Aug. 1 (Bloomberg) -- Investors drove OAO Uralkali’s borrowing costs to a record and Moody’s Investors Service warned it may cut the Russian potash producer’s debt rating to junk amid concern the company’s earnings may suffer after it exited a cartel for the crop nutrient.
The yield on Uralkali’s dollar bonds due April 2018 jumped 28 basis points to 5.65 percent yesterday, taking its two-day advance to 70 basis points, the biggest increase since the debt was sold in April. That squeezed the company’s yield discount to emerging-market metal and mining peers to 151 basis points July 30, from 187 the day before, JPMorgan Chase & Co. indexes show.
“It’s unclear what this will do to the market and what will happen to Uralkali’s” earnings, Konstantin Nemnov, who helps manage the equivalent of $2.4 billion in debt at TKB BNP Paribas Investment Partners in St. Petersburg, said by phone. “This lack of clarity is the worst thing for bondholders.”
The world’s biggest potash producer, whose board approved a new Eurobond program last month, announced July 30 it would end production restrictions that underpinned global prices and abandoned a venture with a Belarusian miner that controlled exports from the former Soviet Union. The decision drove up the cost of borrowing for Uralkali’s rivals, lifting the yield on similar-maturity bonds of Saskatchewan-based Potash Corp. of Saskatchewan Inc. 24 basis points to 2.19 percent July 30.
Moody’s, which rates Uralkali Baa3, its lowest investment-grade ranking, said the company’s financial and liquidity profile may come under pressure. The bonds kept gains, with the yield down 18 basis points at 5.47 percent as of 6:11 p.m. in Moscow.
Uralkali’s cooperation with Belarusian potash producer Belaruskali reached “a deadlock” after the government in Minsk canceled the companies’ exclusive right to export the country’s potash and Belaruskali made independent deliveries, according to Uralkali’s July 30 statement. The joint venture controlled about 40 percent of global potash exports.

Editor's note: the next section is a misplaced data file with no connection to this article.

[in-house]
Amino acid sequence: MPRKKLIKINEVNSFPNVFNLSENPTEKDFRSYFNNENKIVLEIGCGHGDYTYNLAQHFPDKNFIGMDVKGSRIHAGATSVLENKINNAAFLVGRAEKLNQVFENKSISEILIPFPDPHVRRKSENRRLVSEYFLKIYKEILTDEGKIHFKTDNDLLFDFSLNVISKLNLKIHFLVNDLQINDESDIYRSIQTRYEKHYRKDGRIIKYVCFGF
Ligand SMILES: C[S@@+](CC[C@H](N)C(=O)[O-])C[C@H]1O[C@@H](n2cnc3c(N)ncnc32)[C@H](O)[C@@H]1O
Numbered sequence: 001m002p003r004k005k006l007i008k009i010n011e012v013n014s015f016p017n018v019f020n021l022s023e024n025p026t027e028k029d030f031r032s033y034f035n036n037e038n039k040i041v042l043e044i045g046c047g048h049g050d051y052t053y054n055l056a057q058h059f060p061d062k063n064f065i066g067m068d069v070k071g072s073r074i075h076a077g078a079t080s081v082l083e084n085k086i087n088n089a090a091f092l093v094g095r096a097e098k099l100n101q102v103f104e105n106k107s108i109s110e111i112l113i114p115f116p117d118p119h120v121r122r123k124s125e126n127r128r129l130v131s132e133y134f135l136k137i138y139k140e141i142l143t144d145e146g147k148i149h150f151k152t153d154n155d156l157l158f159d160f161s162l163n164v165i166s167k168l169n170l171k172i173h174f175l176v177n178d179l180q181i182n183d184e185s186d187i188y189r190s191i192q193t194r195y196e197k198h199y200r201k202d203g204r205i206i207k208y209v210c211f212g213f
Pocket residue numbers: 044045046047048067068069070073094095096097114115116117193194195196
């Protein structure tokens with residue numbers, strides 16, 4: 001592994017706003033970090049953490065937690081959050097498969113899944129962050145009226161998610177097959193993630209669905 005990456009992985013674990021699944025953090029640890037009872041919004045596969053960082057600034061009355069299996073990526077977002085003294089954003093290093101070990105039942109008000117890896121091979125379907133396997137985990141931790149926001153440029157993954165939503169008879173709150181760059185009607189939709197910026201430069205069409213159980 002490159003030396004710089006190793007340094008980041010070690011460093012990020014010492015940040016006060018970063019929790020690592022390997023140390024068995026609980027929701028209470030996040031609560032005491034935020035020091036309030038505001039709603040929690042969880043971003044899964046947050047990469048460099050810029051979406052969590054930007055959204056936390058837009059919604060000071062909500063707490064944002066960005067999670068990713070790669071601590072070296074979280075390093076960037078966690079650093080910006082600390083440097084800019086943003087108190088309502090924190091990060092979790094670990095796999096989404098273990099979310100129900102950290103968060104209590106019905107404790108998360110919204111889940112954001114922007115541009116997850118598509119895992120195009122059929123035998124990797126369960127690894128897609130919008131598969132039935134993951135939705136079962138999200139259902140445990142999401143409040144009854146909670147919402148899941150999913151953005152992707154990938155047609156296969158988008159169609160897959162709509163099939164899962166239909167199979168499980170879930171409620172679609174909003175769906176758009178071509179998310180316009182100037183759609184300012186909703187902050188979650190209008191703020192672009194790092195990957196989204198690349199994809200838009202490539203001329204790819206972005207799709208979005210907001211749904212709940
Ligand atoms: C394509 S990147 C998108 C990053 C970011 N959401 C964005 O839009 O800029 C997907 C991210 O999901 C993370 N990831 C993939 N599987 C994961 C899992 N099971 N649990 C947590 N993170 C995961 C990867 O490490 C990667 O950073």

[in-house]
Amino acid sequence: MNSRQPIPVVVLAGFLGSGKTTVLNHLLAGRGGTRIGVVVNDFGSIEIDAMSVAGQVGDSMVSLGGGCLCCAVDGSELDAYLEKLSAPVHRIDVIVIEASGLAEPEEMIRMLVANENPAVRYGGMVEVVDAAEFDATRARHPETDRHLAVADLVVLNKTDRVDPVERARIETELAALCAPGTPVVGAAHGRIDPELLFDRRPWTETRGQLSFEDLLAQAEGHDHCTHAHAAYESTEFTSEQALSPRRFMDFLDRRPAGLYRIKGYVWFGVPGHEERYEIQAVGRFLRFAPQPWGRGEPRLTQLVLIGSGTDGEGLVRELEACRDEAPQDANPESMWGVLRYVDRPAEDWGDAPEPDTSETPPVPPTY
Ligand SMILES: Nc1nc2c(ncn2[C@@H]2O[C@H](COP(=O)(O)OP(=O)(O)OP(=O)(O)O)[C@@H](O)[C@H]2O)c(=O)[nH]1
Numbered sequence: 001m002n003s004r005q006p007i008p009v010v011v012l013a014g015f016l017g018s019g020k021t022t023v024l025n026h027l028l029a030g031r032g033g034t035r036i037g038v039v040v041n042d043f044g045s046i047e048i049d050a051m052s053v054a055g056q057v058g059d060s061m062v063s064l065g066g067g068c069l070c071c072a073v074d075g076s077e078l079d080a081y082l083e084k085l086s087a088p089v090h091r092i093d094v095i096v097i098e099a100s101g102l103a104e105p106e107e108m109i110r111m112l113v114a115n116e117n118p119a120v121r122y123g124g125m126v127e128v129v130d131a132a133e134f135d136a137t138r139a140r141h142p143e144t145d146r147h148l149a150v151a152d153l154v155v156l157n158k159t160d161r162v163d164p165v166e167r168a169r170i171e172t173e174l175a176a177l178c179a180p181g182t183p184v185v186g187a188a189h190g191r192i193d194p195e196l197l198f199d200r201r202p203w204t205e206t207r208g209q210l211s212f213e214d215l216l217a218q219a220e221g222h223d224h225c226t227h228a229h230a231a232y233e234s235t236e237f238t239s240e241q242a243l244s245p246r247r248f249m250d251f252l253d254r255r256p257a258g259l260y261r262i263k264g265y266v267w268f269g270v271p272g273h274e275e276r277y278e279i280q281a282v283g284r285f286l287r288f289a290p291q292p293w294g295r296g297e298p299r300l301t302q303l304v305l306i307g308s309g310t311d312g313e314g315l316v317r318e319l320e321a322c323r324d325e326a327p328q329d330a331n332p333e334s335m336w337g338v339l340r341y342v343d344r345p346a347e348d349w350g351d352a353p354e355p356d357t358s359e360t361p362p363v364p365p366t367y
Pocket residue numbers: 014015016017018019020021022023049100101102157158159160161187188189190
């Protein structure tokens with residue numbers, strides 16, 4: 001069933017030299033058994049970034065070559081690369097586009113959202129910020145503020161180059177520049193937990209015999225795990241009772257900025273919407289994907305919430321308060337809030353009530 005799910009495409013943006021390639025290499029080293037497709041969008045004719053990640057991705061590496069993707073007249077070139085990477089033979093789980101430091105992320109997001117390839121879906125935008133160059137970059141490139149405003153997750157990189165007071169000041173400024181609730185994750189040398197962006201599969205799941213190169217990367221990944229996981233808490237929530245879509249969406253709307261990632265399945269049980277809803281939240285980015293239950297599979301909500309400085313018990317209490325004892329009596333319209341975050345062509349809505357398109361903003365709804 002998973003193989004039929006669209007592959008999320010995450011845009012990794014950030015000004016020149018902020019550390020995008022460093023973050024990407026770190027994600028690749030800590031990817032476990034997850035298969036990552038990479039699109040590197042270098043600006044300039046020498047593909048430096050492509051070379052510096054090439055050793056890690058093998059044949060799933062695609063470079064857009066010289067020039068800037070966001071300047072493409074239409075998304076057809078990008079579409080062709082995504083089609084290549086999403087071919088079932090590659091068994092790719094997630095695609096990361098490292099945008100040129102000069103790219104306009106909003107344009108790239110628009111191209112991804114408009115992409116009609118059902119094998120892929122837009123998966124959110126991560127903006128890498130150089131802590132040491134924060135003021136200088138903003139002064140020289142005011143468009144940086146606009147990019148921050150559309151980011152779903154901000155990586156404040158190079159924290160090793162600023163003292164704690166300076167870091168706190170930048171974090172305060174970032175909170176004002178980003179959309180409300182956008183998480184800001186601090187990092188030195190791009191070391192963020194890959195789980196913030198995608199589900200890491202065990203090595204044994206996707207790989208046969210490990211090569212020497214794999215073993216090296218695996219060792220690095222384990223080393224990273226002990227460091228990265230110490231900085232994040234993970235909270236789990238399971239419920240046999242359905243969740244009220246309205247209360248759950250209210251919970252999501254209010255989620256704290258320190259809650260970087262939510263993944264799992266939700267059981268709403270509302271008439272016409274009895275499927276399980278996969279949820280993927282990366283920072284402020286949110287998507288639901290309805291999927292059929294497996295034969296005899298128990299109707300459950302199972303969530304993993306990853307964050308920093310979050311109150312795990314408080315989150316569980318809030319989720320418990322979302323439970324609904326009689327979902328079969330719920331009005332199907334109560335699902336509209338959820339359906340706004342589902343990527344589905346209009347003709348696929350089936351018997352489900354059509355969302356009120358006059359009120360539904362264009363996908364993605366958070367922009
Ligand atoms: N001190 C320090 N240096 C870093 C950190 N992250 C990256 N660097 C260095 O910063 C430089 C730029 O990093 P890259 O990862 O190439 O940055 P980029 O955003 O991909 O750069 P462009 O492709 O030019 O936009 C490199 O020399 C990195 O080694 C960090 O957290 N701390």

Uralkali’s earnings before interest, taxes, depreciation and amortization may fall 40 percent next year and its net debt may climb to a record two times Ebitda, Konstantin Artemov, who helps manage about $500 million at Raiffeisen Capital in Moscow, said by phone yesterday.
The company’s net debt was 0.99 times Ebitda in 2012, data compiled by Bloomberg show. Uralkali’s press representative declined to comment when contacted by phone.
Uralkali sees global potash prices falling below $300 a ton after the company changes its trading policy, Chief Executive Officer Vladislav Baumgertner said July 30. The last price accord for China was $400 a ton.
Belarusian bonds sank for a eighth day today, the longest slump since June, on concern a drop in the price of the county’s main commodity will crimp budget revenue.
The yield on Belarus’s dollar notes due 2015 rose 35 basis points, or 0.35 percentage point, to 9.38 percent yesterday, the highest since June 26.
Belarus, which has no significant natural resources other than potash, earned $2.7 billion from selling the fertilizer abroad last year, or 5.6 percent of total export revenue.
The yield on Russia’s dollar bonds maturing in March 2030 fell one basis point to 4.01 percent. The extra yield investors demand to hold Russia’s dollar debt rather than Treasuries dropped 11 basis points to 214, compared with 193 for Mexico, according to JPMorgan Chase & Co. indexes.
“Uralkali has launched a price war,” Raiffeisen’s Artemov said. “There’s uncertainty.”
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